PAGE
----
Koreans steal the smartphone show
While Apple fans wait for the new iPhone, Samsung continues to extend its lead in the smartphone market, new research shows. By Craig Wilson.
Nokia and BlackBerry handsets continue to dominate the SA market but worldwide the picture is very different. A new report from Gartner shows Samsung Electronics is pulling further and further ahead of Nokia and Apple in terms of unit sales.
Moreover, Google’s Android operating system is now by far the most popular mobile OS with a staggering market share of 64,1%.
The data is contained in a new Gartner report released this week and showing worldwide sales for the second quarter of 2012.
Sales of mobile phones reached 419m units in the second quarter of 2012, a 2,3% decline from the second quarter of 2011. However, smartphone sales accounted for 36,7% of total mobile phone sales and the number grew by 42,7% year-on-year in the second quarter of 2012.
Gartner says the decline in global mobile sales during the period is as a result of poorer economic conditions and consumers postponing their upgrades to take advantage of high-profile device launches and promotions available later in the year.
Demand for feature phones continued to decline, a move that Gartner says significantly weakened the overall mobile phone market.
Samsung dominated second-quarter sales with a 29,5% increase in unit sales compared to the same period last year, extending its lead over both Apple and Nokia quarter-on-quarter. The Korean company’s market share is 21,6%, up from 16,3% in 2011. That puts it ahead of Nokia, which enjoys a 19,9% market share, a decline from its 22,8% last year.
Gartner says Samsung’s growth was driven mainly by sales of its Galaxy range of smartphones. Smartphones now account for 50,4% of all Samsung mobile devices, or 45,6m units.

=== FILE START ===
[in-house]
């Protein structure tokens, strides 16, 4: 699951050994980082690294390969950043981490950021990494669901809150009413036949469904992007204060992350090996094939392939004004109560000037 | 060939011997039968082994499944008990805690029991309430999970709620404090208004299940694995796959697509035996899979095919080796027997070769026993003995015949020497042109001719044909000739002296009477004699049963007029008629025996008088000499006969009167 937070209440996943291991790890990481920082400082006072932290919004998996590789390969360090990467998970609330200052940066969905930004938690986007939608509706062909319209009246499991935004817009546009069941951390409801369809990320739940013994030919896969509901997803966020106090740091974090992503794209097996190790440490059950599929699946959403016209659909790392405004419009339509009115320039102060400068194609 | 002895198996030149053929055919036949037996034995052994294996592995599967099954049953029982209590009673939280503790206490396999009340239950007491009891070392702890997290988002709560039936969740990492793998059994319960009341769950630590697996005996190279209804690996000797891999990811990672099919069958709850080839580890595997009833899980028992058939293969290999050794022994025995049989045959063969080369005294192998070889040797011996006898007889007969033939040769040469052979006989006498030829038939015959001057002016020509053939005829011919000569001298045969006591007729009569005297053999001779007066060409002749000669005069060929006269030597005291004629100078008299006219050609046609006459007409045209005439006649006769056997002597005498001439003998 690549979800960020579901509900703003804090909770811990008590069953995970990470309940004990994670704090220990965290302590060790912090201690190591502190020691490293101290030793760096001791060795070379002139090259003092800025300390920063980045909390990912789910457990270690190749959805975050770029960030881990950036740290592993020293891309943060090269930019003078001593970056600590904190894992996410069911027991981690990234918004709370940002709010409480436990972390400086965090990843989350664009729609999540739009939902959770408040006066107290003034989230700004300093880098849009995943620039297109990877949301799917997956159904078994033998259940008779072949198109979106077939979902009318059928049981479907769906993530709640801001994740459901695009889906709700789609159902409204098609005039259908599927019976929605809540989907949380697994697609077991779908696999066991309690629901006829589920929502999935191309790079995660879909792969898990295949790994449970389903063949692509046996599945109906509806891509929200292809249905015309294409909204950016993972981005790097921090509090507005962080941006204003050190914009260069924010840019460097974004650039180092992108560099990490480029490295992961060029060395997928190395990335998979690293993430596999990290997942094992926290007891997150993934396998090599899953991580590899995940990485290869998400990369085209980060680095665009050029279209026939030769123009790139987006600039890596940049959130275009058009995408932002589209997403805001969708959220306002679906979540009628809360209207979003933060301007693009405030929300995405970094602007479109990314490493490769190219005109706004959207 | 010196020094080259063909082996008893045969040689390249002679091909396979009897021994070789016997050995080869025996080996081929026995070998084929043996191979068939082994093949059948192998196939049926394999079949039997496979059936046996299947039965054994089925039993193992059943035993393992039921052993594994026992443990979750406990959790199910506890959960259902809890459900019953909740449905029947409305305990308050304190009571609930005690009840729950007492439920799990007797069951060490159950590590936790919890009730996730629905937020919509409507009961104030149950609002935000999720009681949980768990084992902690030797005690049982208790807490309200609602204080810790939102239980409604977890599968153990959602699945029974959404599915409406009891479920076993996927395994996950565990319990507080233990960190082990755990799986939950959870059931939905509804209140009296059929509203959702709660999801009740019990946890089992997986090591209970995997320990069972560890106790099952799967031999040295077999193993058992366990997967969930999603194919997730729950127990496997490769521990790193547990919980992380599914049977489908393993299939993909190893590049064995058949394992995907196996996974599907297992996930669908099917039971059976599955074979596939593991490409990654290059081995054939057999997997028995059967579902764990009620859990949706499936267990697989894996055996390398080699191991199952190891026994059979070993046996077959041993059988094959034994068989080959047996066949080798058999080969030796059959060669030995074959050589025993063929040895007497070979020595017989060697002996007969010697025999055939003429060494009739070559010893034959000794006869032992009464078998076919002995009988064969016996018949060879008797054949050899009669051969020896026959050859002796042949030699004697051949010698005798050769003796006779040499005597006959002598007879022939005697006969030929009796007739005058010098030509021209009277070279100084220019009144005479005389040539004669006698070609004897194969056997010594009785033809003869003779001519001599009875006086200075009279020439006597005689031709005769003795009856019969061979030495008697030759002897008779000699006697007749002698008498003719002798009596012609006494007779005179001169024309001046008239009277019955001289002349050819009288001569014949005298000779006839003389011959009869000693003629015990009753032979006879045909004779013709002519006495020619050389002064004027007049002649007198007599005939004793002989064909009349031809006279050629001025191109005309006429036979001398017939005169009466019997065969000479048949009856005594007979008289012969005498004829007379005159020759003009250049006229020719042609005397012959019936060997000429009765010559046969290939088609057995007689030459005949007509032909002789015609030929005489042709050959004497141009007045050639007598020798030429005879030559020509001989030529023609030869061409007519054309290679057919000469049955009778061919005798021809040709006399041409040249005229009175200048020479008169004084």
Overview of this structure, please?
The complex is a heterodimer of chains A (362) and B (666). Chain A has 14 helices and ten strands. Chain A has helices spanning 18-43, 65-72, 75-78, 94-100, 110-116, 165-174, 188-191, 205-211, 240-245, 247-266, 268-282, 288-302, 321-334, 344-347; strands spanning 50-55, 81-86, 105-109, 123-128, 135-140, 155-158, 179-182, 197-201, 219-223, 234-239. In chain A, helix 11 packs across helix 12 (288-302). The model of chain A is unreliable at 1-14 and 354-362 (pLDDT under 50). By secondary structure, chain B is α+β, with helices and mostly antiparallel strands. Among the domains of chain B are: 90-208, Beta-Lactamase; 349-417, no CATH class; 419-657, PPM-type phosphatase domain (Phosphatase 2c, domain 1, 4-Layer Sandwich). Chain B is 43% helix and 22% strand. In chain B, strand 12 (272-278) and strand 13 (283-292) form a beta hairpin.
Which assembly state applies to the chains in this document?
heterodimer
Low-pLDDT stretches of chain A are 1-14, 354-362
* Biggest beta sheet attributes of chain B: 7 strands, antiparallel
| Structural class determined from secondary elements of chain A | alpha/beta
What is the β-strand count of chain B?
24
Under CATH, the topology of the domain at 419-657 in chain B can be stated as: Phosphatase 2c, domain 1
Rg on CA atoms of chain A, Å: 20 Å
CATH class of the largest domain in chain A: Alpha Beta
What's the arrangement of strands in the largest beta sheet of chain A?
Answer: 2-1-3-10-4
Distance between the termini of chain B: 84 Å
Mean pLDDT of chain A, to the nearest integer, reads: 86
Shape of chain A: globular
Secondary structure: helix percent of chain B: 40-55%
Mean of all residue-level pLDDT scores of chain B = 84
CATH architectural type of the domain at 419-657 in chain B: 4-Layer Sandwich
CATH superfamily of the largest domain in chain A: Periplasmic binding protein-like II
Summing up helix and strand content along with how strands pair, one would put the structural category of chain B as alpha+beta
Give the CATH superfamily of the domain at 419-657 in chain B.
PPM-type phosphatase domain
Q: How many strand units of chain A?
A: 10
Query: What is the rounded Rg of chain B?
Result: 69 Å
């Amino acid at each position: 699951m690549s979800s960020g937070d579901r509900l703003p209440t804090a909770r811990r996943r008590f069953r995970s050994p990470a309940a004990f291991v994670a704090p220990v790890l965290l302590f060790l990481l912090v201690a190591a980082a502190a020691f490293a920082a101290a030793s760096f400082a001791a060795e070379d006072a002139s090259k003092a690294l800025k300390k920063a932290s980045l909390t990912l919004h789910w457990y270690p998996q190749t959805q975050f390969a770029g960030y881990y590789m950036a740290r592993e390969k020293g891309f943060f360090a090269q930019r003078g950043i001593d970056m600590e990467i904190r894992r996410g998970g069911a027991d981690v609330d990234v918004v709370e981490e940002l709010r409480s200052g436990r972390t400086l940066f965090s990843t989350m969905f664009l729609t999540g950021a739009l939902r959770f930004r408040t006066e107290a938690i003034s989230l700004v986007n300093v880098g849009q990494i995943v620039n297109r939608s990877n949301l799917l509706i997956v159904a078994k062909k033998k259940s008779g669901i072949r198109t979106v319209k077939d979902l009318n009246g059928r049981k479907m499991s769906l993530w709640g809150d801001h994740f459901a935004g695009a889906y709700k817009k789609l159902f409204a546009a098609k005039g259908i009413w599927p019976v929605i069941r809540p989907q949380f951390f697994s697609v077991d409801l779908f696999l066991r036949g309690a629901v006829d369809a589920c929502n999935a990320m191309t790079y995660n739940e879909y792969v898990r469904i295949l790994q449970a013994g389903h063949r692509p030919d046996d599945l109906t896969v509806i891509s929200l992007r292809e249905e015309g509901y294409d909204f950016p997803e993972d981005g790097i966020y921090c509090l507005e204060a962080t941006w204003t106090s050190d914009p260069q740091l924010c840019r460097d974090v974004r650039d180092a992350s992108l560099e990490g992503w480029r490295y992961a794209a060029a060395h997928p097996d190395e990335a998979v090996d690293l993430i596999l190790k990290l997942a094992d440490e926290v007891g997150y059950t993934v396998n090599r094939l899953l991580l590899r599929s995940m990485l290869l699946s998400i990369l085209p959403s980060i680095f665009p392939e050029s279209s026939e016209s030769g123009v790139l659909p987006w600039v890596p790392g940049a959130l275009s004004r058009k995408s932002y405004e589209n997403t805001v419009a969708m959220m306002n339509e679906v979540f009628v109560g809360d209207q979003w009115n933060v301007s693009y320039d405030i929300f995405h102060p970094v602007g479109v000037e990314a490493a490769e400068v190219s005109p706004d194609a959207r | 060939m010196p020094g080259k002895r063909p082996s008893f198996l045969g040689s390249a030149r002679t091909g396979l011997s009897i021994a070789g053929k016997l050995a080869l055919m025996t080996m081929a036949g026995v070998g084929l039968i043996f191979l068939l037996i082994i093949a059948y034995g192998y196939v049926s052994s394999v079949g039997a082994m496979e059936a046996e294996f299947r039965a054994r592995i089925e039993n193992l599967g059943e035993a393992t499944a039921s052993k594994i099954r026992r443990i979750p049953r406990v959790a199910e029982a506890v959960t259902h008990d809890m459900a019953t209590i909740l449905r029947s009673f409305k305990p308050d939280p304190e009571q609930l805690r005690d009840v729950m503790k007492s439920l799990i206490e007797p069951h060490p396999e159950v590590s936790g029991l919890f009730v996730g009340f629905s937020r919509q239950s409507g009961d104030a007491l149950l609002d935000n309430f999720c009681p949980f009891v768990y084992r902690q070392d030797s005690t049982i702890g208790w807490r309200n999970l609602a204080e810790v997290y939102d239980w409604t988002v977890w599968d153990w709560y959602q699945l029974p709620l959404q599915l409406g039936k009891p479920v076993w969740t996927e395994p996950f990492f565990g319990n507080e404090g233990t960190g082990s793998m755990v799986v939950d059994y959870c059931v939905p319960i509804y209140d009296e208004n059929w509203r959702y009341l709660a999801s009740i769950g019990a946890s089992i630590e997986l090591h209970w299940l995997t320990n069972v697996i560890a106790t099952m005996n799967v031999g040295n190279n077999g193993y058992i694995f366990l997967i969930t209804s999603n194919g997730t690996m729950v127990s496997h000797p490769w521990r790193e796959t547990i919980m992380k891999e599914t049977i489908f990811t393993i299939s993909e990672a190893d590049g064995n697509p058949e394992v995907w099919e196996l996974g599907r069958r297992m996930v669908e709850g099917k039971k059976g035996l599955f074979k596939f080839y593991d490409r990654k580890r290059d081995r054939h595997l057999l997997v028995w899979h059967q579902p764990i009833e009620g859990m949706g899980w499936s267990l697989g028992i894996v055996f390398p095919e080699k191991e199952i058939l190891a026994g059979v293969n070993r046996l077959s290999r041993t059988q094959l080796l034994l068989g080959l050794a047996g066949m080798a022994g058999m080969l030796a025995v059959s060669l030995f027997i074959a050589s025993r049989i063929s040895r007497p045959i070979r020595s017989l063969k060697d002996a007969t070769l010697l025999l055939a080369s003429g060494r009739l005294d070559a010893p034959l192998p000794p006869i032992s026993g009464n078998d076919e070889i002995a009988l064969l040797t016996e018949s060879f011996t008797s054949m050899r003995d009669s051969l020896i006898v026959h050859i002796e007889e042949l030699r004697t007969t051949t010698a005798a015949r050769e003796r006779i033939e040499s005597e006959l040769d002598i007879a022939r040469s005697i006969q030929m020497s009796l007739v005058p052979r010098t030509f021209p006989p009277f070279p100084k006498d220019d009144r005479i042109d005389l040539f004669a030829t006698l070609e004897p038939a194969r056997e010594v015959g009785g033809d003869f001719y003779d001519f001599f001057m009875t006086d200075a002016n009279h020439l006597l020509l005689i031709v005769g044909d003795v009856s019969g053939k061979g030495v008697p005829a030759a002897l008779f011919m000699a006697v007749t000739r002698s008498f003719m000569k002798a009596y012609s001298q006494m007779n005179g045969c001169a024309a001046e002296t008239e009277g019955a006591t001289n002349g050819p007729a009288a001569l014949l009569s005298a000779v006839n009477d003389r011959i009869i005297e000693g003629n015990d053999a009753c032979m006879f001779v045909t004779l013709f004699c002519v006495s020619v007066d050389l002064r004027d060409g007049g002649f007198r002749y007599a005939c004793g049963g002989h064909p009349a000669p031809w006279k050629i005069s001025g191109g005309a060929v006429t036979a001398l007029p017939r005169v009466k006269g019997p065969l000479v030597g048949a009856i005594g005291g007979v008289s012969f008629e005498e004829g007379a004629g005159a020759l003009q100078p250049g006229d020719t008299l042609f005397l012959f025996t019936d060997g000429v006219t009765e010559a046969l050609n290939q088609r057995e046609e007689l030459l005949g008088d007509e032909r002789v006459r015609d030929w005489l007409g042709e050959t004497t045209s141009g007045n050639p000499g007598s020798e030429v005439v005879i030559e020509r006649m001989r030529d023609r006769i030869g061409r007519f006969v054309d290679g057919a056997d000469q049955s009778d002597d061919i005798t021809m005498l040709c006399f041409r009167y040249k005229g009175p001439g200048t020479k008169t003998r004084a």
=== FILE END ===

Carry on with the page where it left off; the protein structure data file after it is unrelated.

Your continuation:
Demand for the recent Galaxy S3 handset — Samsung’s flagship Android device — exceeded even the manufacturer’s own expectations according to Gartner, with Samsung reporting 10m unit sales in the two months after its release, making it the best-selling Android product in the quarter.
In the second quarter of 2012, demand for Apple’s iPhone weakened as sales fell by 12,6% from the first quarter of 2012. However, the device still enjoyed 47,4% growth year-on-year.
“Samsung and Apple continued to dominate the smartphone market, together taking about half the market share, and widening the gap with other manufacturers. No other smartphone vendors had share close to 10%,” says Gartner principal research analyst Anshul Gupta.
Despite continuing to dominate the SA market, Nokia’s mobile phone sales worldwide declined by 14,8% year on year. Gartner says the Finnish company is having to battle emerging device manufacturers, including Chinese manufacturers ZTE and Huawei, to defend its feature-phone sales.
Nevertheless, Nokia’s feature-phone sales grew quarter on quarter. However, Gartner says Nokia’s Lumia devices “continue to struggle to find a place in consumers’ minds as a replacement for Android”.
“Declining smartphone sales are worsening Nokia’s overall position as it had already lost the number-one position to Samsung in the previous quarter and is facing reduced profitability due to continuous declining sales of premium smartphones,” says Gupta.
Android extended its lead as the dominant smartphone operating system with a 20,7% increase in market share since 2011. Apple’s iOS market share increased by only 0,6% during the same period.
Gartner says the next iPhone should encourage many Apple users to upgrade, but may also mean a similarly poor third quarter performance for the Californian company. — (c) 2012 NewsCentral Media